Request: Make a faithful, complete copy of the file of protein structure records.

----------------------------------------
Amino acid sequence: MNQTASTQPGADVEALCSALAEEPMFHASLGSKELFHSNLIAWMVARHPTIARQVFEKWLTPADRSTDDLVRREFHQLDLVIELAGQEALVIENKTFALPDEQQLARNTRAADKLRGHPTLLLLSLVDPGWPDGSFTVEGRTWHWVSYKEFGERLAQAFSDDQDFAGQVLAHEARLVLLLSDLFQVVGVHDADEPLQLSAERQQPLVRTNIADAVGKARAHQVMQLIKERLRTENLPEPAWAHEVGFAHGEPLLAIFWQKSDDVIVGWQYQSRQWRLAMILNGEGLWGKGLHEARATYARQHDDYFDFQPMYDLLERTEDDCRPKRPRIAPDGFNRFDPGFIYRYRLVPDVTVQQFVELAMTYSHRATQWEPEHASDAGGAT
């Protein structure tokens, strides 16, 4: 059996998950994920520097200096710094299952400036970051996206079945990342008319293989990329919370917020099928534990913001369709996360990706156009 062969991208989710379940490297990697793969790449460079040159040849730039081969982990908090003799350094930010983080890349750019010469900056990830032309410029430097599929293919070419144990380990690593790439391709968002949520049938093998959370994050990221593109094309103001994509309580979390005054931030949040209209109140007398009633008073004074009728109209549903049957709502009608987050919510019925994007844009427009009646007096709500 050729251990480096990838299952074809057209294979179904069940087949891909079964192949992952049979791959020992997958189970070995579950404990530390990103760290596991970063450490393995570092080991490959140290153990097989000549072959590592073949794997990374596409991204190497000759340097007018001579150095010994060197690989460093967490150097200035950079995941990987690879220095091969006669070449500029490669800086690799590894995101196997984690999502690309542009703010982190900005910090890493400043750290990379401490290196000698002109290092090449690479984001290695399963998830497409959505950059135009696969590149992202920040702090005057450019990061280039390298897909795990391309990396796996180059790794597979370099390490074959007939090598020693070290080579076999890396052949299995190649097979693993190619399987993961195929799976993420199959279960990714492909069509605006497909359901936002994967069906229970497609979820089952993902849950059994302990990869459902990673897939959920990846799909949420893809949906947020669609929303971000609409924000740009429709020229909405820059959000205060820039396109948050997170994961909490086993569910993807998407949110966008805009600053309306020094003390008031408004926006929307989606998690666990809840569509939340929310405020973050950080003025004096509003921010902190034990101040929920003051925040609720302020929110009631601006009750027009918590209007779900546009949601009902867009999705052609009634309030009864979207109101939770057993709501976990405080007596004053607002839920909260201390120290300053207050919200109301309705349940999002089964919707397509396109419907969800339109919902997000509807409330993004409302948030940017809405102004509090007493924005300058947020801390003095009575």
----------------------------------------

Amino acid sequence: MNQTASTQPGADVEALCSALAEEPMFHASLGSKELFHSNLIAWMVARHPTIARQVFEKWLTPADRSTDDLVRREFHQLDLVIELAGQEALVIENKTFALPDEQQLARNTRAADKLRGHPTLLLLSLVDPGWPDGSFTVEGRTWHWVSYKEFGERLAQAFSDDQDFAGQVLAHEARLVLLLSDLFQVVGVHDADEPLQLSAERQQPLVRTNIADAVGKARAHQVMQLIKERLRTENLPEPAWAHEVGFAHGEPLLAIFWQKSDDVIVGWQYQSRQWRLAMILNGEGLWGKGLHEARATYARQHDDYFDFQPMYDLLERTEDDCRPKRPRIAPDGFNRFDPGFIYRYRLVPDVTVQQFVELAMTYSHRATQWEPEHASDAGGAT
């Protein structure tokens, strides 16, 4: 059996998950994920520097200096710094299952400036970051996206079945990342008319293989990329919370917020099928534990913001369709996360990706156009 062969991208989710379940490297990697793969790449460079040159040849730039081969982990908090003799350094930010983080890349750019010469900056990830032309410029430097599929293919070419144990380990690593790439391709968002949520049938093998959370994050990221593109094309103001994509309580979390005054931030949040209209109140007398009633008073004074009728109209549903049957709502009608987050919510019925994007844009427009009646007096709500 050729251990480096990838299952074809057209294979179904069940087949891909079964192949992952049979791959020992997958189970070995579950404990530390990103760290596991970063450490393995570092080991490959140290153990097989000549072959590592073949794997990374596409991204190497000759340097007018001579150095010994060197690989460093967490150097200035950079995941990987690879220095091969006669070449500029490669800086690799590894995101196997984690999502690309542009703010982190900005910090890493400043750290990379401490290196000698002109290092090449690479984001290695399963998830497409959505950059135009696969590149992202920040702090005057450019990061280039390298897909795990391309990396796996180059790794597979370099390490074959007939090598020693070290080579076999890396052949299995190649097979693993190619399987993961195929799976993420199959279960990714492909069509605006497909359901936002994967069906229970497609979820089952993902849950059994302990990869459902990673897939959920990846799909949420893809949906947020669609929303971000609409924000740009429709020229909405820059959000205060820039396109948050997170994961909490086993569910993807998407949110966008805009600053309306020094003390008031408004926006929307989606998690666990809840569509939340929310405020973050950080003025004096509003921010902190034990101040929920003051925040609720302020929110009631601006009750027009918590209007779900546009949601009902867009999705052609009634309030009864979207109101939770057993709501976990405080007596004053607002839920909260201390120290300053207050919200109301309705349940999002089964919707397509396109419907969800339109919902997000509807409330993004409302948030940017809405102004509090007493924005300058947020801390003095009575």